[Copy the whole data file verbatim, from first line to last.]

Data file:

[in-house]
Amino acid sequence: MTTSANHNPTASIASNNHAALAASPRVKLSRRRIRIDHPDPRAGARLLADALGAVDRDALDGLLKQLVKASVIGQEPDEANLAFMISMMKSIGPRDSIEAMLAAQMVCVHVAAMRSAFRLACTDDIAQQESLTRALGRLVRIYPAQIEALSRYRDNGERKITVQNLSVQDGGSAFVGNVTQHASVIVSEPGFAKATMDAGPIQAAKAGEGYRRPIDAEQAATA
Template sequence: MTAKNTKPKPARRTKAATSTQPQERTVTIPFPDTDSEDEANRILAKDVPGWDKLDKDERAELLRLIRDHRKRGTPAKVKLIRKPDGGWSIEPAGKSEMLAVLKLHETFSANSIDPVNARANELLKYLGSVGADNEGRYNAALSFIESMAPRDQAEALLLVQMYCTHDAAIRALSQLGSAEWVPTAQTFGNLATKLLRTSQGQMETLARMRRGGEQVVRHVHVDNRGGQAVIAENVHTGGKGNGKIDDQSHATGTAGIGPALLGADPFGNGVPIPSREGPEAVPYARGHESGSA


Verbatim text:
[in-house]
Amino acid sequence: MTTSANHNPTASIASNNHAALAASPRVKLSRRRIRIDHPDPRAGARLLADALGAVDRDALDGLLKQLVKASVIGQEPDEANLAFMISMMKSIGPRDSIEAMLAAQMVCVHVAAMRSAFRLACTDDIAQQESLTRALGRLVRIYPAQIEALSRYRDNGERKITVQNLSVQDGGSAFVGNVTQHASVIVSEPGFAKATMDAGPIQAAKAGEGYRRPIDAEQAATA
Template sequence: MTAKNTKPKPARRTKAATSTQPQERTVTIPFPDTDSEDEANRILAKDVPGWDKLDKDERAELLRLIRDHRKRGTPAKVKLIRKPDGGWSIEPAGKSEMLAVLKLHETFSANSIDPVNARANELLKYLGSVGADNEGRYNAALSFIESMAPRDQAEALLLVQMYCTHDAAIRALSQLGSAEWVPTAQTFGNLATKLLRTSQGQMETLARMRRGGEQVVRHVHVDNRGGQAVIAENVHTGGKGNGKIDDQSHATGTAGIGPALLGADPFGNGVPIPSREGPEAVPYARGHESGSA